Reptile Triptych, I: The Day the Sixties were Over

I remember someone asking me when it was that I knew the Sixties were over.  I told him it was the day I was hitchhiking and a VW bus didn’t stop for me.  It was a Saturday morning in May of 1974, long into the next decade, but hey, this was New Mexico, and the Sixties didn’t even arrive until 1968.

I was at the on-ramp for I-25 out of Las Cruces, and I was shocked when that bus drove right on past me.  In all the years that I’d been thumbing rides around the state, I couldn’t recall even one time that a VW had let me down. The summer before, in fact, I’d been stranded just north of T or C, where there was truly nothing at all but creosote and rattlesnakes.  I was at the top of a hill, hiding from the sun under the overpass that the exit made off the freeway, when I saw this bug coming from miles away, and I practically knelt down and thanked God right then, because I wasn’t going to have to spend another two hours baking in the desert.

Not this time, though.  And, if that wasn’t weird enough, the next thing was that this cowboy drove up and stopped for me.  And I mean a cowboy, too:  Hat, mother-of-pearl snaps on his shirt, big shiny buckle, pickup truck, gun rack, camper top, spitting tobacco into his bottle of Boone’s Farm.  Freaks and Stomps didn’t even talk to each other back then, and I was all beard and long hair, so I wasn’t sure if he might not have some unsavory ideas about leaving me by the side of the road without my boots.

“Where you headed?” he yelled at me.

“Ruidoso.”

“I can get you as far as Alamogordo.”  That was most of the way.

I arranged my backpack on the floor between my legs and he took off.  When I leaned back, there was this giant dog’s head right in my face; he must have been crouched down behind the seat, and now he was scoping me out.  I like dogs and they like me, but it was all I could do not to scream when he appeared so suddenly like that.  I let him sniff for a bit, and then gave him my hand to lick.  After a minute or two of that, I pushed his head away.

Right then, the guy figured out what was going on.  “Captain! I said Lie Down!

I said, “I’m glad I didn’t bring mine along.  Captain would’ve had it for lunch.  What kind is it?”

“He’s a Belgian Shepherd.  That’s what they told me.  What’s yours?”

“A whippet, sort of a miniature greyhound.”

“And you actually take him along when you’re hitching?”

“Yeah.  I think people stop to find out what the dog is as much as for me.”

“So why didn’t you bring him today?”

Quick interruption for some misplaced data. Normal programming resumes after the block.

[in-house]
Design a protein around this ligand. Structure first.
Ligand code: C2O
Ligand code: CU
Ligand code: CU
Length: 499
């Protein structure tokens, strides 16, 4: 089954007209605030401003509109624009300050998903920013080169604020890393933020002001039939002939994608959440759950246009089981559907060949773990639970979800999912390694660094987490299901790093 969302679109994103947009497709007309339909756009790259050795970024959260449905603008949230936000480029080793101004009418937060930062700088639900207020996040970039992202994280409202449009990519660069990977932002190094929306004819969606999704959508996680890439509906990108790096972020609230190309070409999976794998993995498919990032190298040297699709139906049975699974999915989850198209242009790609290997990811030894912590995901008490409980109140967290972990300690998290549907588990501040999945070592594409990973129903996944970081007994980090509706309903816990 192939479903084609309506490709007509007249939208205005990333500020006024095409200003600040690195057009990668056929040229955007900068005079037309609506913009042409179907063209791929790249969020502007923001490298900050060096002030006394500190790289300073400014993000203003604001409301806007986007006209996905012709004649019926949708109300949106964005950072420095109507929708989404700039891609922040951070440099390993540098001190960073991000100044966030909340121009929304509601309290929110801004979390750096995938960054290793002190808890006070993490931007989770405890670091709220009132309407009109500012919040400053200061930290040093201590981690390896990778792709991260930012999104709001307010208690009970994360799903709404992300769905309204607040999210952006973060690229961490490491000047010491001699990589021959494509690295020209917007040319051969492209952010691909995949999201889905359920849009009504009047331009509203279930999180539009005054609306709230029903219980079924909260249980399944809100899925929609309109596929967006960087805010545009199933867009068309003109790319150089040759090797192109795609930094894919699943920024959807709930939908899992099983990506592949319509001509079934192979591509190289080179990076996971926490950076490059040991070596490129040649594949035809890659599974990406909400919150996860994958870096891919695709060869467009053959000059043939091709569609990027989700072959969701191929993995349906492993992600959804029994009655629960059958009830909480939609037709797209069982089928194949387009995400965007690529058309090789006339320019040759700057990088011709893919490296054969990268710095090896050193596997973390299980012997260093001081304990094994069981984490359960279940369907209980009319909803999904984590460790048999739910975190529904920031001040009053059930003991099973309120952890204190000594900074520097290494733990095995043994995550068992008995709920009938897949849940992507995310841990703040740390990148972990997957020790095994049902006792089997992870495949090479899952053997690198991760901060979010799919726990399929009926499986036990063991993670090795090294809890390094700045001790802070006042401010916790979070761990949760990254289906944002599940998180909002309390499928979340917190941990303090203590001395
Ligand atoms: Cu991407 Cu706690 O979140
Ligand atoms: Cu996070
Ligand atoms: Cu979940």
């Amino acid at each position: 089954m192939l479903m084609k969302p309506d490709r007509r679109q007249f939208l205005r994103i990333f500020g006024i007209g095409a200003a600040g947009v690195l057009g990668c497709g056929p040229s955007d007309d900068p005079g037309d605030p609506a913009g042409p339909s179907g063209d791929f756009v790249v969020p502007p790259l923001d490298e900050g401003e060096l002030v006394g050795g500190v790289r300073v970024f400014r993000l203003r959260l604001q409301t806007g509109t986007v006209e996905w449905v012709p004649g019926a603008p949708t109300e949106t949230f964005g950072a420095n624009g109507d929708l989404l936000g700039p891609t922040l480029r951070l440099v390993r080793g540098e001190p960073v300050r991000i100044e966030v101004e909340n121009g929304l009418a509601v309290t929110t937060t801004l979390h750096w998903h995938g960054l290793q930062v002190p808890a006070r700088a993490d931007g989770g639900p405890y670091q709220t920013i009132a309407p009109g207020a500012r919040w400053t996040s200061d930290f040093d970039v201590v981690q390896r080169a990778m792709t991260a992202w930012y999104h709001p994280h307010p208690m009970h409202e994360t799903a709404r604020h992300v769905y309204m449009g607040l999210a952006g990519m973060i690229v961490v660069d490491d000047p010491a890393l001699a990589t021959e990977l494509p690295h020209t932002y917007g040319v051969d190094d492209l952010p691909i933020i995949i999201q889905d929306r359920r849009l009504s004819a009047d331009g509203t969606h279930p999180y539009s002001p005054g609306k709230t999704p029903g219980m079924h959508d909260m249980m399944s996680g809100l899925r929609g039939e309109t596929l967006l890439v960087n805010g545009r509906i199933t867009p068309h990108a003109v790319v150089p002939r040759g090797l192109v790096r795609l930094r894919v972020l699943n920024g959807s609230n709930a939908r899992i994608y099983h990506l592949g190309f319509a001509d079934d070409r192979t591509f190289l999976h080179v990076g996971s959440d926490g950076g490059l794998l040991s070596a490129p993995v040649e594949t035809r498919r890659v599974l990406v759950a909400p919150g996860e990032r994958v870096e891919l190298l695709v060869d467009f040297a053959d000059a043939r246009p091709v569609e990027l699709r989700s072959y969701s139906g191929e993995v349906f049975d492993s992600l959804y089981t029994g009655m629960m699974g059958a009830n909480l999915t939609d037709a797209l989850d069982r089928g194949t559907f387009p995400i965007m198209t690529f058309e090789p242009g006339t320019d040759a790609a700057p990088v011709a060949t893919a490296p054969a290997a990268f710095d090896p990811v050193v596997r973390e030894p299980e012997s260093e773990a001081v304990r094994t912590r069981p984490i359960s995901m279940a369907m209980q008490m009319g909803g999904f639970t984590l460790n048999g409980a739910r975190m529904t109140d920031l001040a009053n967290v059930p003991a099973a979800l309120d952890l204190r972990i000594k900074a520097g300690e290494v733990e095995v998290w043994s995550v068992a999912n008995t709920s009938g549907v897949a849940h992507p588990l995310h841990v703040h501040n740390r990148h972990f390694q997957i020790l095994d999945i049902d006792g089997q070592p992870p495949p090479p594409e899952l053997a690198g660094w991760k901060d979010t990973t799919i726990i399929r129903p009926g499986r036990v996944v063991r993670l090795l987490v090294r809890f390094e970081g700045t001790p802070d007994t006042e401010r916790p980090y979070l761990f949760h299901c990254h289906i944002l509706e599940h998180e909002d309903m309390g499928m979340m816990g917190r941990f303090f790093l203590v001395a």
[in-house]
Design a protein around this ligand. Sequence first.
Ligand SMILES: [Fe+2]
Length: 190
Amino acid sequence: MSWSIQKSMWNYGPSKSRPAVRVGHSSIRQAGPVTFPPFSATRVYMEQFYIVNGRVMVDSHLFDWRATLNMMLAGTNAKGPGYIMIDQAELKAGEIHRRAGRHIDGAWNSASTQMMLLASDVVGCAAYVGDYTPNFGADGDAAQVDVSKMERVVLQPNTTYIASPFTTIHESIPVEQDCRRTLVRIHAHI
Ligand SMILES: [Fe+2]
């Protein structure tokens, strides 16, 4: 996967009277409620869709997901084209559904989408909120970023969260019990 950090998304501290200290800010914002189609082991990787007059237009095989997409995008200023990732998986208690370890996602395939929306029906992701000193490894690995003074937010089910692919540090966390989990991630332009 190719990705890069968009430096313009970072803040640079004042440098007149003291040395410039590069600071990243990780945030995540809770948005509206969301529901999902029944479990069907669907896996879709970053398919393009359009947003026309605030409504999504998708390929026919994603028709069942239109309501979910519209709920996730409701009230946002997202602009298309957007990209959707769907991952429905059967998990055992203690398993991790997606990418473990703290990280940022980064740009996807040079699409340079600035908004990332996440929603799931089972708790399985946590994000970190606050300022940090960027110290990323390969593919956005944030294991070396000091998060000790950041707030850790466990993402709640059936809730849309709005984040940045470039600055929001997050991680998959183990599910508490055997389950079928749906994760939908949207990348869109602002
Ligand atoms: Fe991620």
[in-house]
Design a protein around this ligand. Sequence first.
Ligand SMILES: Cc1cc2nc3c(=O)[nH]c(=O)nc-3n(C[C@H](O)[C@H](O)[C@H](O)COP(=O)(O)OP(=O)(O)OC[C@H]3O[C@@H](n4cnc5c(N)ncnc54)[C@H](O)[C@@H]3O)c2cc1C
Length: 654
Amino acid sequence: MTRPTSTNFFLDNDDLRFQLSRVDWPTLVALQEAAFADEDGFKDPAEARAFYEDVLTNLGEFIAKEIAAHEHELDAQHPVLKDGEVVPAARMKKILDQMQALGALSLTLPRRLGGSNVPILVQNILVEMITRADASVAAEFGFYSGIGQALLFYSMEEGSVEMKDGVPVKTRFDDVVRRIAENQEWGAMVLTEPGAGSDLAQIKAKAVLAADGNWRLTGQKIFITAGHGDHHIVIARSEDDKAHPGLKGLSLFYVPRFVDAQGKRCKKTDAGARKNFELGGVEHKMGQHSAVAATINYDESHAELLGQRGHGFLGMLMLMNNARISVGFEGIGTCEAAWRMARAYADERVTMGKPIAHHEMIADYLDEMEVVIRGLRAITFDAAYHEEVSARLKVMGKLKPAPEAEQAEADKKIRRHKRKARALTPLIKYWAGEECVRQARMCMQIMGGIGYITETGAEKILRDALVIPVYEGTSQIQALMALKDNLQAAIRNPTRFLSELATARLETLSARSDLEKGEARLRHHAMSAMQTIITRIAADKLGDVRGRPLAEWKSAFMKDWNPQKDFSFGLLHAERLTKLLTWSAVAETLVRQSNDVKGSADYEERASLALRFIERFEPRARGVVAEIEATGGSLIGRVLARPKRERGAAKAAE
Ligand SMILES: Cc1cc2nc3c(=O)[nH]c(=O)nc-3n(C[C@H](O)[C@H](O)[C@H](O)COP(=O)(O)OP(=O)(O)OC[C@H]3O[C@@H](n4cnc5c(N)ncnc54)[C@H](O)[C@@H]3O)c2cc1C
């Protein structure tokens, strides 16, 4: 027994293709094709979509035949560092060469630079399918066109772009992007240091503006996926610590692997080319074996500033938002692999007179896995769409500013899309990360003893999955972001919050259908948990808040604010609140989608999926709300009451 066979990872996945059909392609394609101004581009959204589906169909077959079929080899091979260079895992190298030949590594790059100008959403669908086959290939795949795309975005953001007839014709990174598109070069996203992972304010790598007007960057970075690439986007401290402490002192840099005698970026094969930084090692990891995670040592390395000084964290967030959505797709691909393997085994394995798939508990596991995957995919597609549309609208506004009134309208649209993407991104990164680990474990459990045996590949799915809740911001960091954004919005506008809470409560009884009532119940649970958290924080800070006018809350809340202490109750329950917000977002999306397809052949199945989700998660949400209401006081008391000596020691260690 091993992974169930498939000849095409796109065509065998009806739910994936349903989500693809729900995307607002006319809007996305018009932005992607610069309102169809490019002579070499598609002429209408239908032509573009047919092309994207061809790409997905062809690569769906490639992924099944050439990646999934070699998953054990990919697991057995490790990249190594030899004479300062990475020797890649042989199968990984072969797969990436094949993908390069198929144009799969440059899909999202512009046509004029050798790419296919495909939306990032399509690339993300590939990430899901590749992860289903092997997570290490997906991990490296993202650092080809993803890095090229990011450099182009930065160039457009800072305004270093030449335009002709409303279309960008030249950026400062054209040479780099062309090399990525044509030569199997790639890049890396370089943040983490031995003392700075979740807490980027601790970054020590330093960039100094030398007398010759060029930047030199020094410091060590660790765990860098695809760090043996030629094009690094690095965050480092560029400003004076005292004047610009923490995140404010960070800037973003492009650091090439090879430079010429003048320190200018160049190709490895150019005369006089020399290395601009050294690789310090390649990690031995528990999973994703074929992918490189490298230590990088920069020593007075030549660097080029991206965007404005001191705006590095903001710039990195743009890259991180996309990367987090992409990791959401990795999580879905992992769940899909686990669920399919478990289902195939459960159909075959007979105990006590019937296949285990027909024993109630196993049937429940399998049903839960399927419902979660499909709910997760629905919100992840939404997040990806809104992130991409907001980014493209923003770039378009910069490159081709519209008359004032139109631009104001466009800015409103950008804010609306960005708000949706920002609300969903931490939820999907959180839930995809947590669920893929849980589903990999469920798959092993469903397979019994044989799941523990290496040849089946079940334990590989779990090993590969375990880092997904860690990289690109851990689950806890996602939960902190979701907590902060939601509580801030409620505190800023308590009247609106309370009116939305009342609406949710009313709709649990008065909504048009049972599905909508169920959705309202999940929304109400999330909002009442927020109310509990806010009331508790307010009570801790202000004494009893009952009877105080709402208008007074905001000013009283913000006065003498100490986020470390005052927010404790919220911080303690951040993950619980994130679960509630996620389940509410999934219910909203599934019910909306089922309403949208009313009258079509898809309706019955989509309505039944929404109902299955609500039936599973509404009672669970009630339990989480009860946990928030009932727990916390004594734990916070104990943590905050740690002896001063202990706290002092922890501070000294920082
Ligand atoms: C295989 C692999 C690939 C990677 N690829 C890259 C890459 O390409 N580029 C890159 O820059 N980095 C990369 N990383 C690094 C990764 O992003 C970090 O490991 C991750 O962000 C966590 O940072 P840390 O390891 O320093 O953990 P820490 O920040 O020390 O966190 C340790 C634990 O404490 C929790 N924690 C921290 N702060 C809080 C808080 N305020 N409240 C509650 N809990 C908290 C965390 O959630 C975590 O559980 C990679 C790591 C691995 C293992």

It hadn’t been two minutes, and we were getting into personal stuff.  “Well, the friend I’m visiting doesn’t want to put him up.  He says I’m sort of cheating, bringing the dog along to get rides.  He says I’m playing up to people’s ‘reptilian brains,’ you know, the oldest parts of our brains, before we evolved into mammals and things.  People take a look at my dog and their hand wants to pet it, but they aren’t even thinking it, they only know they want to stop and let us in the car.”

“Okay, so why’s it cheating?  I mean, why’s he so all hung up about it?”

“Well,” I tried to reply, “I don’t know.  He’s a stickler for always doing things the fair way.  He thinks I shouldn’t be hitchhiking at all!  I should be driving myself.  I don’t really see all that well, but he says it’s an excuse, and I’m being a parasite.”

“And he’s your friend, you say.”

I kept silent for a minute.  “We go back a long way.  We’ve done a lot of things together.”

“Like what?” he asked.

I lied, sort of.  “Like we were in demonstrations together.  A lot of them.  I counted on him when I freaked out because of the cops or…”

“Or the stomps?”

“It got pretty scary sometimes, you know?”

We had already cut off the freeway onto U.S. 70, which would lead us over the mountains to Alamogordo, and we were in the middle of the desert at this point, a place where I didn’t want to have to step down from his truck.  I didn’t say anything else.

He said, “I don’t know why some people get so riled up.”

“But they do.”

“Yeah, they do.  This teacher at ‘Cruces High gave A’s to anyone who ripped off someone’s black armband.  What an asshole.”

“You were there?”  I had heard that story the next day at college.  It was during the Moratorium in sixty-eight, the first really big protest against the war.

“My big brother got into that mess.  I don’t know how long he was showing off that armband he’d swiped.  He was so proud of beating up on a high school kid.  He was a college student!  You can bet him and me went round and round about that.”

“But you weren’t ever in the demonstrations themselves, were you?  At least I don’t remember seeing you there.”

“Oh, I was there all right.  I just liked being in the background, sort of, on the outside.  I think I saw you once or twice, though.”

Well, of course he did!  In a town our size?  He must have seen me more than once or twice.

We were clearing San Agustin Pass then, the truck having slowed down a little for the steepness of the road.  As we came through the pass, the whole Tularosa Basin opened out before us, and we could see at the far end sixty miles in the distance the Sacramento Mountains, and Ruidoso.  The driver asked if he could chew.

I told him, “It’s your truck, man.”